However, blockchain technology seems to have the required characteristics to help the sector to change. A blockchain-based humanitarian system could theoretically ensure donations traceability, reduce the number of intermediaries, decrease transaction costs, diverse sources of fundraising, measure social impacts, coordinate aid delivery, and prevent fraud and corruption. Such a system would foster donations, determine key success factors, and drastically increase the economic and social outcomes on the field. Furthermore, blockchain technology holds the promise to use smart contracts to automatize funding through forecast-based financing. Paired with Big Data analytics, such models could provide more efficient and less political funding instruments (Zwitter and Boisse-Despiaux, 2018).
Significant obstacles are required to be overcome before scaled adoption, but actors coming from all over the world are already working to create realistic solutions. As an example, the Blockchain Trust Accelerator or Blockchain For Social Good, a Consensys initiative, are already joining forces to create common standards and promote blockchain for social impact on the world’s leaders. Coordination and the assembly and analysis of quality data may be the key to realizing blockchain promise and improving development outcomes.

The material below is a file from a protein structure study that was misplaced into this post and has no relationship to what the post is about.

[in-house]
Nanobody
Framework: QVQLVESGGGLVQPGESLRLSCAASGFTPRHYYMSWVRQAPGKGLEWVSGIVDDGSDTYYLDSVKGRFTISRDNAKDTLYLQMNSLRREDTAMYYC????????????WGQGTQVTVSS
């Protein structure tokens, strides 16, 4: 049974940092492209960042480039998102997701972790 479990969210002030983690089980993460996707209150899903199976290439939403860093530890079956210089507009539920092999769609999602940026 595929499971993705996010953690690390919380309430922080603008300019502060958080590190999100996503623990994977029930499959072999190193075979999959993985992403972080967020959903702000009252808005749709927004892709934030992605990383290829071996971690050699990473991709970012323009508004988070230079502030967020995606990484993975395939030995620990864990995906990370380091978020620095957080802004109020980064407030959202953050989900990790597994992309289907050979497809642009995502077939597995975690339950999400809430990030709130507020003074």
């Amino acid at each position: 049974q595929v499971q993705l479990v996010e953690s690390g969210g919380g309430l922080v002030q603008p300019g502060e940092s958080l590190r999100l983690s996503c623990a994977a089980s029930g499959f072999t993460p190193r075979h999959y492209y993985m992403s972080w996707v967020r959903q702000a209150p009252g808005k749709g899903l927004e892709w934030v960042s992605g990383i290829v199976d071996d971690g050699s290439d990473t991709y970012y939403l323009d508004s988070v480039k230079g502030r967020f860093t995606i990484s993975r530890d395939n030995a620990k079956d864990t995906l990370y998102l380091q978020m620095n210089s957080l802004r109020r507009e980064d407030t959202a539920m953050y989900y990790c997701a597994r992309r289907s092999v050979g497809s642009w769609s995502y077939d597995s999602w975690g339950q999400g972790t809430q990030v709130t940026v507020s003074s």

If you like this article, we would be happy if you forward it to your colleagues or share it on social networks.
Aymeric Bricout is an incoming graduate student in the MSc Environmental Technology at Imperial College London. He holds a master’s degree in management, with a specialization in economics and international business, from IÉSEG School of Management, France. You can contact him via Linkedin (www.linkedin.com/in/aymericbricout) or via mail (email@example.com)
Vincent Aurez is the Sustainability & Innovation Director and Endowment Fund Manager at Novaxia. For the past 10 years, M. Aurez has worked on the circular economy. He was notably the rapporteur of the first ministerial mission in France on the circular economy. He is a co-author of two books on the circular economy. You can contact him via Linkedin (www.linkedin.com/in/vincentaurez) or via mail (firstname.lastname@example.org).